The Problem With Looking Inside Out

One of my first jobs in the credit union community was as a teller at a credit union in Maryland (part time – they didn’t trust me enough to be around money full time). Once employed, I of course became a member of the credit union. My experience as a member, however, was nothing like the experience of other members.

Here is an example. I once had to deposit a check I received in the mail. Most members at that time would have driven to the branch, walked in, completed a deposit slip, waited in line, etc. to make such a deposit. I simply gave my paperwork to the head teller with instruction to deposit it to my account. No waiting!

Why does the difference in experience matter? Who cares if a member and an employee have distinctly different processes of interaction with credit union service?

I’ll answer that question with two illustrations.

First, another employment experience. About two years after joining the credit union community I was working in the call center of another credit union in Virginia (yep – AWAY from the cash!). A member called in to ask how to use an ATM the credit union owned in Washington, D.C. I was stumped. I was stumped because I never used our ATMs. As an employee, my interactions with our account access services consisted of doing the same thing I had done as a teller. Namely, hand my stuff to the head teller to process.

I put the member on hold and asked around. No one in the call center knew how to use that ATM either. We ALL interacted via back office connections. NONE of us used our ATMs. The member was left in the lurch.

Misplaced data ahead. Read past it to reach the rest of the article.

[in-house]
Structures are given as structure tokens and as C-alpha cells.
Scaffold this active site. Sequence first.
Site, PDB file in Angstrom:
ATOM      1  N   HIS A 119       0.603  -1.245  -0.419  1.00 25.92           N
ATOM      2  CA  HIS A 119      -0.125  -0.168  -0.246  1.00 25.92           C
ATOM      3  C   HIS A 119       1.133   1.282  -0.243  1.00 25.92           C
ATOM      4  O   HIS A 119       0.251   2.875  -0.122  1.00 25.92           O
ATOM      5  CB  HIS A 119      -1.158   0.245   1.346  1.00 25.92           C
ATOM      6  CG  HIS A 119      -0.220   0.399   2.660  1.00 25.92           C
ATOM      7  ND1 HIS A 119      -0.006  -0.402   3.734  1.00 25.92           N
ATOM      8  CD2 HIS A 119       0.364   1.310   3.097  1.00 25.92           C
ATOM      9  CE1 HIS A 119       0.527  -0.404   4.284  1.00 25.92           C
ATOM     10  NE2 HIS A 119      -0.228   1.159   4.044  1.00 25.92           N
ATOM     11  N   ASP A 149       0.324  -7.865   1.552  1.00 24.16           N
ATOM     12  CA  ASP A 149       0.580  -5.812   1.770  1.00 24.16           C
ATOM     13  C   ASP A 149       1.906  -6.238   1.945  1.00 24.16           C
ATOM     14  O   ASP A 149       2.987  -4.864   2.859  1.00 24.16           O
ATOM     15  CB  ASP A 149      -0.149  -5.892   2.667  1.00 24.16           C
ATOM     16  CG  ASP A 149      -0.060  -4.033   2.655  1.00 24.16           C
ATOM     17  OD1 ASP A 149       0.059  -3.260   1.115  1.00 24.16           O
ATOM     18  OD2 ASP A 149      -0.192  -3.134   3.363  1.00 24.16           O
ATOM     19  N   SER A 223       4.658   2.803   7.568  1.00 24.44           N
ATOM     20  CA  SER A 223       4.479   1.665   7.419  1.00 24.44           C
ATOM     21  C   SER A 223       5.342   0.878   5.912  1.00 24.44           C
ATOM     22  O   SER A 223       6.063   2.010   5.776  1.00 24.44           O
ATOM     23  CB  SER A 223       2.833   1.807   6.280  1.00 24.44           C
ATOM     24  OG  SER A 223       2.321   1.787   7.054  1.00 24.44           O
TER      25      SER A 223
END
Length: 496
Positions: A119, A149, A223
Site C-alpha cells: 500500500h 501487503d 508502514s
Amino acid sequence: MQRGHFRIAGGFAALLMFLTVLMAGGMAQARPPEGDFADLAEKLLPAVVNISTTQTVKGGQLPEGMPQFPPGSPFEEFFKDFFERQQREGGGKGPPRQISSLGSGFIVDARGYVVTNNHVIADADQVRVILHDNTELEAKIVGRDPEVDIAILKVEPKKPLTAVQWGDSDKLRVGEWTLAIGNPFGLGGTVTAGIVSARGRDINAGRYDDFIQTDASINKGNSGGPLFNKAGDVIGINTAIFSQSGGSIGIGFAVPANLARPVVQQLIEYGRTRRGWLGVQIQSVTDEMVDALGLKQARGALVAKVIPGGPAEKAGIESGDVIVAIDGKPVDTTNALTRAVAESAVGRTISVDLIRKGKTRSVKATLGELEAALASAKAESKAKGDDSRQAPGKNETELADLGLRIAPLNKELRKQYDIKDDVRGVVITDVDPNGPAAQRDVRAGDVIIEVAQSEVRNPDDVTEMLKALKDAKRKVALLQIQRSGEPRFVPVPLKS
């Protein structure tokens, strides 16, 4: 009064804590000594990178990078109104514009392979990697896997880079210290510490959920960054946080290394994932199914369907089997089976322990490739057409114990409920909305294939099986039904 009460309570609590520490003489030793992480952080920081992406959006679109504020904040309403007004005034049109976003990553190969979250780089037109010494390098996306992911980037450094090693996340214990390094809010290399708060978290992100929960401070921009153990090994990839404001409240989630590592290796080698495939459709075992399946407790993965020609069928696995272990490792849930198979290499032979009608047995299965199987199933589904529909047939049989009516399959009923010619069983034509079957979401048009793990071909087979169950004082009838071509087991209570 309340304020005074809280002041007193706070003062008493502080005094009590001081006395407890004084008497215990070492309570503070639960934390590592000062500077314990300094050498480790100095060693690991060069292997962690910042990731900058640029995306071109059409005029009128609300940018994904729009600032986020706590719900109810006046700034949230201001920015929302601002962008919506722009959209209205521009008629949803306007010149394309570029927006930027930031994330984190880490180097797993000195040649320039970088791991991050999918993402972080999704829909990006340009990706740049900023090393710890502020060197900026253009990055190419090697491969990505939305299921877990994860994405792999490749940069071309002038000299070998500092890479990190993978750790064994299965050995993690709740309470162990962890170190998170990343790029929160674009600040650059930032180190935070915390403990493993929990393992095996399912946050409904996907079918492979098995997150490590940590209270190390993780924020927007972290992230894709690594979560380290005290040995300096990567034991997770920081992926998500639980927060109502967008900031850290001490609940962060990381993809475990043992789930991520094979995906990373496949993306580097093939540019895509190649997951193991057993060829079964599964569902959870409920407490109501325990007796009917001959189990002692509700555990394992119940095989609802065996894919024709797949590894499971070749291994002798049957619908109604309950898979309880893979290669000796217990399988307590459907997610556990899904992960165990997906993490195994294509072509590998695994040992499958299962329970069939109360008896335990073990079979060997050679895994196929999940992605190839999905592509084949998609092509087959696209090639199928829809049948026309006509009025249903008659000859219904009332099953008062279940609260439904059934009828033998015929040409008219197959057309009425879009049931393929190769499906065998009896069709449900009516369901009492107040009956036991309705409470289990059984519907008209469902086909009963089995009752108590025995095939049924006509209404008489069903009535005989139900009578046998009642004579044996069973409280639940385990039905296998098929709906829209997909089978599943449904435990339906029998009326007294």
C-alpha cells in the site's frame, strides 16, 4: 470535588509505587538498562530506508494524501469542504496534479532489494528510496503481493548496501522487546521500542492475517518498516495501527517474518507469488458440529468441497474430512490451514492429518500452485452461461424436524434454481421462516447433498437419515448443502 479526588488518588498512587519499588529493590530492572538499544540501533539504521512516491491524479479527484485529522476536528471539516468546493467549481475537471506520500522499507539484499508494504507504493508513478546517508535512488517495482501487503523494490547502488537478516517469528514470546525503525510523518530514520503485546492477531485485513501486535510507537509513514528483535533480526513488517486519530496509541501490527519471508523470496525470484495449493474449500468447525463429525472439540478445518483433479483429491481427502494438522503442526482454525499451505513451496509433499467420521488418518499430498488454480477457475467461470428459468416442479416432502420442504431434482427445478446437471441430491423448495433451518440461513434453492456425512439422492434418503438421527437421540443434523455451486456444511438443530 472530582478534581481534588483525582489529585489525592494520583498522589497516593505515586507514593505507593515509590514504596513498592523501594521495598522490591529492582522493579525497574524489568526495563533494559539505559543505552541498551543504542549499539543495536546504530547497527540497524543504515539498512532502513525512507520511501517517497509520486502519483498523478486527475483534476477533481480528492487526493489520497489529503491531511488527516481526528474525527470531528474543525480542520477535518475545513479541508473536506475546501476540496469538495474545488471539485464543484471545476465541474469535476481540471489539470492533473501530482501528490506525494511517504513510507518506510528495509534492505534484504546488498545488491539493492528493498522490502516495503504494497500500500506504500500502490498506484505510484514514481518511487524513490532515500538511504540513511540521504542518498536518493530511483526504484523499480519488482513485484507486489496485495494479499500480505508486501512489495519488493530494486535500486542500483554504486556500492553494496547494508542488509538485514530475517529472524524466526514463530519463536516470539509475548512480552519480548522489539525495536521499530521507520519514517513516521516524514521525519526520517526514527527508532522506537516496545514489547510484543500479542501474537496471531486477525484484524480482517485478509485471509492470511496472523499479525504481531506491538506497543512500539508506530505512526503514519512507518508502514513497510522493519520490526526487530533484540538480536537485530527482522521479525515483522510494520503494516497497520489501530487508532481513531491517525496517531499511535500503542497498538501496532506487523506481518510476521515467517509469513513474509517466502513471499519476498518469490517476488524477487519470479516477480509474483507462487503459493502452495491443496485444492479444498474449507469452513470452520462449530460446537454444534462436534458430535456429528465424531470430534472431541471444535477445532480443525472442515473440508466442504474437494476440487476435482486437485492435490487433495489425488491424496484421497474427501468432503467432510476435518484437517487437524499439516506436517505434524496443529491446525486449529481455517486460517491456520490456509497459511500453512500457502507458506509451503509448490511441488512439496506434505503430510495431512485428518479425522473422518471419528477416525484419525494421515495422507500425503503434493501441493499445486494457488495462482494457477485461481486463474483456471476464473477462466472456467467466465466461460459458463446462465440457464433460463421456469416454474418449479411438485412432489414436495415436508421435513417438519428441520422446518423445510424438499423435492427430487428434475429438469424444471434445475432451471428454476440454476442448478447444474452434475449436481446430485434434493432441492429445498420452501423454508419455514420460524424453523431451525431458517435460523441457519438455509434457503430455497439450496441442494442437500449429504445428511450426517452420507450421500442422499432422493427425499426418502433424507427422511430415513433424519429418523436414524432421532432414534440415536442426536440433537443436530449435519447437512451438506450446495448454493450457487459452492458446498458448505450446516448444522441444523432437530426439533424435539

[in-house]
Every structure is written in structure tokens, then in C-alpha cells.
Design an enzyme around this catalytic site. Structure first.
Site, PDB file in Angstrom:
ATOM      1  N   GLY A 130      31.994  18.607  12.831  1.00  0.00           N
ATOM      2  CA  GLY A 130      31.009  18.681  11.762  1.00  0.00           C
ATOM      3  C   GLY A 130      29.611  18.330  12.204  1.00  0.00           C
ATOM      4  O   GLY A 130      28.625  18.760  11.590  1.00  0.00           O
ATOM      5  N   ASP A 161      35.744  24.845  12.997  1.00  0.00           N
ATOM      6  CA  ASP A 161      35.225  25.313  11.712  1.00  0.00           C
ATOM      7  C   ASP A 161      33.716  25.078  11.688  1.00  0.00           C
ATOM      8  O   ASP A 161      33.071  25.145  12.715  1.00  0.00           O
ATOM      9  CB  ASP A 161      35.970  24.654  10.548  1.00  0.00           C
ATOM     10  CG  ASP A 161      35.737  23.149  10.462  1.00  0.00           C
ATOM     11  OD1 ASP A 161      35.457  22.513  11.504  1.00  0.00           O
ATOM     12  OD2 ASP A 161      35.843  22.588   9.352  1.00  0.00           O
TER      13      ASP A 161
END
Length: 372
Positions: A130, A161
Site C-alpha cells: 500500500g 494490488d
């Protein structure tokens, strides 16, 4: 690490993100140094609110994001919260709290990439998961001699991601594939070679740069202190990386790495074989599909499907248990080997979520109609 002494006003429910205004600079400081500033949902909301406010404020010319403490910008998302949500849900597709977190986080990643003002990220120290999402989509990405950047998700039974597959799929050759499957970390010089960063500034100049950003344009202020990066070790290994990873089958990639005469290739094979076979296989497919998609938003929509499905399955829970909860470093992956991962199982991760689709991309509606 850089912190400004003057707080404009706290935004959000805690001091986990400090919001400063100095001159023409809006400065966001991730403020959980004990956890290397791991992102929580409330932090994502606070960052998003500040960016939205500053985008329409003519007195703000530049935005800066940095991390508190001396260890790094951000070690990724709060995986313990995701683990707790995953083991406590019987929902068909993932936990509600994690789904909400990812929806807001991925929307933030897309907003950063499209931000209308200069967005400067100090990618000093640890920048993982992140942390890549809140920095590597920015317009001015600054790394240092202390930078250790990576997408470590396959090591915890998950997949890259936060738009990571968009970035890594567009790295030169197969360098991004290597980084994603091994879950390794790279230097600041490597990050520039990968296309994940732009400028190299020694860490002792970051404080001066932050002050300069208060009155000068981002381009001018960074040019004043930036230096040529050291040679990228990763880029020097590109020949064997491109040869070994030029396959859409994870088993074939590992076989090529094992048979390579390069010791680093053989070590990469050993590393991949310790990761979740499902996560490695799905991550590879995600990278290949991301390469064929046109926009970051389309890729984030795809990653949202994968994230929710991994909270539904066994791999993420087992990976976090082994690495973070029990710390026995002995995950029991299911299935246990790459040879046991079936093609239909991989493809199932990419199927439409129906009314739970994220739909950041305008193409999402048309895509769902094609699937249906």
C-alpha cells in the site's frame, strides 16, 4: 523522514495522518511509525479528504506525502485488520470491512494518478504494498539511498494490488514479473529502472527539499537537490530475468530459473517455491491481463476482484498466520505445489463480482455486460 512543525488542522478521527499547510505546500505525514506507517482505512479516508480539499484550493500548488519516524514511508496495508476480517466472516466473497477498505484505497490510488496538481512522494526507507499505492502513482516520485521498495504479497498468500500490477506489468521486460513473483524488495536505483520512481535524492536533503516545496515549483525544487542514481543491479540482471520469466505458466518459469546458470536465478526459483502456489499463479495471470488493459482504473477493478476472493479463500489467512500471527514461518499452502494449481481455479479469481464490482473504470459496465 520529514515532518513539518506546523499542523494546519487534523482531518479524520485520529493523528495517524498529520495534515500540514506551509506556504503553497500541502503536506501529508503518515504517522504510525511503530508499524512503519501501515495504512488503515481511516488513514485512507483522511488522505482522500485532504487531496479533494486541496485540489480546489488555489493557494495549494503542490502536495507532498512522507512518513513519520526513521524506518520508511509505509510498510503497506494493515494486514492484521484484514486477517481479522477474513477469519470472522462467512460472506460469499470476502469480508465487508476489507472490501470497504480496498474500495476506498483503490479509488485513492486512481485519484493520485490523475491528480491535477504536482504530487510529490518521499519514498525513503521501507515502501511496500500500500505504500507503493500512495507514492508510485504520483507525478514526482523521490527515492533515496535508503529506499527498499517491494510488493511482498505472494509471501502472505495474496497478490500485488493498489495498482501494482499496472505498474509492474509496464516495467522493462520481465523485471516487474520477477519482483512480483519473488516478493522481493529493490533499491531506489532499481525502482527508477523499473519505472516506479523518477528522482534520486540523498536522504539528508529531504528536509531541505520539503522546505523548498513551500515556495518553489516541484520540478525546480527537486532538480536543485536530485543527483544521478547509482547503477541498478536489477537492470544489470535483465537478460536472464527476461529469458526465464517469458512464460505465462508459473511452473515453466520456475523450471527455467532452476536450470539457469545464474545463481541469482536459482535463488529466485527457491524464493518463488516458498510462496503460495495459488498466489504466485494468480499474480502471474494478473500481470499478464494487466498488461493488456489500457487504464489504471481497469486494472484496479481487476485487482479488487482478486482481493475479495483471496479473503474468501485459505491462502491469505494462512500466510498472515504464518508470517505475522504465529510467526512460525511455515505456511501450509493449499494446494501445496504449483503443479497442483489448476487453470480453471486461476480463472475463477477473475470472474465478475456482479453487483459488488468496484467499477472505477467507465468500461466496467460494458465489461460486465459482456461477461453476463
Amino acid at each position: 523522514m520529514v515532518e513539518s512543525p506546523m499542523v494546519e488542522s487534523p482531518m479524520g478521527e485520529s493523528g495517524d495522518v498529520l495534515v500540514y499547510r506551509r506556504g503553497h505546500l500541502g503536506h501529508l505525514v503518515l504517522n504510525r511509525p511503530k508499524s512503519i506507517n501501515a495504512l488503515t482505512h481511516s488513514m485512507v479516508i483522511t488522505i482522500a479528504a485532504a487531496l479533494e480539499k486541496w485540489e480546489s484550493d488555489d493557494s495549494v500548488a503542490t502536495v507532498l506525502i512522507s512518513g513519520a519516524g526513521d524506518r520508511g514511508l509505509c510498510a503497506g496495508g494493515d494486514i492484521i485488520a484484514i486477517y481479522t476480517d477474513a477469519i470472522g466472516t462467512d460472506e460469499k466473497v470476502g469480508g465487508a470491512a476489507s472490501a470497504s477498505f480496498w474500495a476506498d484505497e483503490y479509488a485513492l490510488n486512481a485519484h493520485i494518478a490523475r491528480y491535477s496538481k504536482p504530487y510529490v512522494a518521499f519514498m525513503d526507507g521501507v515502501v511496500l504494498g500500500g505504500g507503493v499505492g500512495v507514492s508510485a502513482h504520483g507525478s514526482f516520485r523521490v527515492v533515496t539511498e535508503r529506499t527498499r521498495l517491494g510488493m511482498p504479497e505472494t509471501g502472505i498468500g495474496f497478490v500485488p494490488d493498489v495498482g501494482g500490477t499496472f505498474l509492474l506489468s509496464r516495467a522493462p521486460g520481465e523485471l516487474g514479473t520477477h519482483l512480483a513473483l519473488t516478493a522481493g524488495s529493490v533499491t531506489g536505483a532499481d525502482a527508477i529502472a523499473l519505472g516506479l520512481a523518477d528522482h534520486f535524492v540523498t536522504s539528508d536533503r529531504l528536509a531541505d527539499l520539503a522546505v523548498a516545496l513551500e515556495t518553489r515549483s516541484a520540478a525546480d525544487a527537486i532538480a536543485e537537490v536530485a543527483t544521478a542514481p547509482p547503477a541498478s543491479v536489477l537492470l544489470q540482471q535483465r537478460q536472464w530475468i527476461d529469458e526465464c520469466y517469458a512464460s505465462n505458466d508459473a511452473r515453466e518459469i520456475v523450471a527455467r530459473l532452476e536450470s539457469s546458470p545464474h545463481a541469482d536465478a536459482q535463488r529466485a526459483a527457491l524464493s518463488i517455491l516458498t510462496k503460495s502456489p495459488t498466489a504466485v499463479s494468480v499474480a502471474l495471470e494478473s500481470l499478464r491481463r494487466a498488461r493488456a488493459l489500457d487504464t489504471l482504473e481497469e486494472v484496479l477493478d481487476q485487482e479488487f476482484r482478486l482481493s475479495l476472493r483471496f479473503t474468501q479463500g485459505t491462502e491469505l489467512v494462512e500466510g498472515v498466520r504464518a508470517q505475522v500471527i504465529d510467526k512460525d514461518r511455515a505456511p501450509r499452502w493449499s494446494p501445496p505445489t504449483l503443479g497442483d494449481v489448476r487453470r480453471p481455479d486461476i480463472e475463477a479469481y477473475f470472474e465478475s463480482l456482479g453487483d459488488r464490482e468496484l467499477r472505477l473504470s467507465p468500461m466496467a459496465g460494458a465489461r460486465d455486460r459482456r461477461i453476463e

To my second illustration. This one has to do with failed mergers, which is a topic of great interest today given the news of two different mergers failing to win member approval via the voting process.

In the case of both attempts, the communication to members describing the value of the merger left a lot to be desired. What I believe is that the individuals drafting the communication to members regarding the benefits of these mergers left out answers to key questions members were likely to have. I do not believe this information was left out intentionally, omitted by design, but rather left out because of the assumptions made when creating the material.

Consider the statement below, communication regarding the rationale for merging sent from a credit union involved in one of the failed merger to its members:

The main reason for a merger is to enhance the services, convenience and benefits to members of both credit unions and the communities we serve.

This makes great sense if you are the credit union, but only because of what you foresee happening as a result of the merger. Such foresight is formed as merging credit unions discuss the opportunities a merger would bring about. There is a bright, shining future embedded in the statement above…but unfortunately you have to be an insider to see it. Members are not insiders.